Search Images Maps Play YouTube News Gmail Drive More »
Sign in
Screen reader users: click this link for accessible mode. Accessible mode has the same essential features but works better with your reader.

Patents

  1. Advanced Patent Search
Publication numberUS3981145 A
Publication typeGrant
Application numberUS 05/537,778
Publication dateSep 21, 1976
Filing dateDec 31, 1974
Priority dateApr 3, 1974
Publication number05537778, 537778, US 3981145 A, US 3981145A, US-A-3981145, US3981145 A, US3981145A
InventorsMasaaki Noguchi, Tsuchio Bunda, Masaharu Sumiyoshi
Original AssigneeToyota Jidosha Kogyo Kabushiki Kaisha
Export CitationBiBTeX, EndNote, RefMan
External Links: USPTO, USPTO Assignment, Espacenet
Device for purifying exhaust gases by catalytic reaction
US 3981145 A
Abstract
An exhaust gas purification apparatus for a vehicle in which exhaust gases from an internal combustion engines are subject to a catalytic reaction in a reducing catalyst bed and an oxidizing catalyst bed to remove nitrogen oxides and combustible constituents in the engine exhaust gases. In the device, the reducing catalyst bed and oxidizing catalyst bed are disposed in series in the flowing direction of exhaust gases within a cylindrical casing mounted integrally to a joining portion of exhaust manifold, and secondary air supplying means is provided when the exhaust gas temperature at a point downstream of the catalyst beds is lower than a predetermined setting. A passage for connecting the joining portion of the exhaust manifold directly with an exhaust pipe is provided, and a valve means is disposed in this passage to be opened to pass the exhaust gases through this passage when the exhaust gas temperature detected by a temperature detector mounted to the exhaust pipe is higher than the predetermined setting.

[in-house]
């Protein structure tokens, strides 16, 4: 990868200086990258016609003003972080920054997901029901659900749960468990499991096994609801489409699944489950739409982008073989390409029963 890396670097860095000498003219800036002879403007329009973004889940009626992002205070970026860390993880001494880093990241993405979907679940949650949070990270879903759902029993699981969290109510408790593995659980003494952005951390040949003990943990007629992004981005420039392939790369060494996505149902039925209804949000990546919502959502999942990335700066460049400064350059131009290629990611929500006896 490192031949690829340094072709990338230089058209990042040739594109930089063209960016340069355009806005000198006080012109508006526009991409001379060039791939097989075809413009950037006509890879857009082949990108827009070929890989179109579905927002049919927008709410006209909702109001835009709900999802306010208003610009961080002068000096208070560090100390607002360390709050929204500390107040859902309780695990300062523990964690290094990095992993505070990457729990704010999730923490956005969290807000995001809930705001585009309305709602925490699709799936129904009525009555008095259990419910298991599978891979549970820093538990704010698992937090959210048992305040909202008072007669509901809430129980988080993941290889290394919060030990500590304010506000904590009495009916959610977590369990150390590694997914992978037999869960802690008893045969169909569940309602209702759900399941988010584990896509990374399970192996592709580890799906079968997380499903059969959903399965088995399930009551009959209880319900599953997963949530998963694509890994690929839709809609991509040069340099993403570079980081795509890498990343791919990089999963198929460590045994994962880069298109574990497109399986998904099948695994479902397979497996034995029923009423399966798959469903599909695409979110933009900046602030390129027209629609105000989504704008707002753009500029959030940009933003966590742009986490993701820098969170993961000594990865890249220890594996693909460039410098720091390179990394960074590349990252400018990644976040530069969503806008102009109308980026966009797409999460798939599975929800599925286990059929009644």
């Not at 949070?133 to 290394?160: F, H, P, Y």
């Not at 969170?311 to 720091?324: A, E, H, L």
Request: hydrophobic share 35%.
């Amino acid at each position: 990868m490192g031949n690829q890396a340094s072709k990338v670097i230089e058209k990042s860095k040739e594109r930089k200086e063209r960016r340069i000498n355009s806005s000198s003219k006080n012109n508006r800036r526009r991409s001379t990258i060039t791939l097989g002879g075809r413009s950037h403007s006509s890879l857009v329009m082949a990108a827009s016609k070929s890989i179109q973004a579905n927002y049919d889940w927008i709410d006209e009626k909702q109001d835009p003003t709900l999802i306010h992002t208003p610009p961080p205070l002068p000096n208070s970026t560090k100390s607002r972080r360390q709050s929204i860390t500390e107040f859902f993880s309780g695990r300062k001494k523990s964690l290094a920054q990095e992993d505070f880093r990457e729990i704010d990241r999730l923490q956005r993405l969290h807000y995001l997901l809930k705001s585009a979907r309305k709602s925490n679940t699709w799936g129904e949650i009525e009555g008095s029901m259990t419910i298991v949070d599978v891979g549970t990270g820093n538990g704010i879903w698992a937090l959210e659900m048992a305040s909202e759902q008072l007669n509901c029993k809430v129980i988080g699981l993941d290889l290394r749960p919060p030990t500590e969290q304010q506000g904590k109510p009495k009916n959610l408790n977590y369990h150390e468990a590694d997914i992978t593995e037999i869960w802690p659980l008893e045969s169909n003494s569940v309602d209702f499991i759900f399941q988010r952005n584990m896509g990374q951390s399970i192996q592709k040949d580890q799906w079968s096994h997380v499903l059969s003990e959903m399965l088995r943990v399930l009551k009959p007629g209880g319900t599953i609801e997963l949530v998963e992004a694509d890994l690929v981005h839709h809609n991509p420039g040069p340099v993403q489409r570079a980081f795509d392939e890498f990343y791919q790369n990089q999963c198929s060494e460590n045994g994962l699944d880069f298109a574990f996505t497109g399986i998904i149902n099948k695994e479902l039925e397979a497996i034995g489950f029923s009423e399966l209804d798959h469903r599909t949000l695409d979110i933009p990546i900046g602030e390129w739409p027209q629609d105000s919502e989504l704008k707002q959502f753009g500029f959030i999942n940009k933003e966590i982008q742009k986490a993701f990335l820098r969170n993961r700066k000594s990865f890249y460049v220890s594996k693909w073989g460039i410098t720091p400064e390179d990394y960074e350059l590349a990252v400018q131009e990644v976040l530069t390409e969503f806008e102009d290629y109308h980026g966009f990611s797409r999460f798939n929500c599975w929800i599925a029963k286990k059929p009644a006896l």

Images(3)
Previous page
Next page
Claims(14)
We claim:
1. A device for purifying exhaust gases from an internal combustion engine by reducing nitrogen oxides and oxidizing unburned gas components in the exhaust gases by means of a catalytic reaction, comprising:
a. an exhaust manifold connected to said engine for receiving the exhaust gases therefrom;
b. a hollow cylindrical casing vertically disposed from and integrally connected to said exhaust manifold;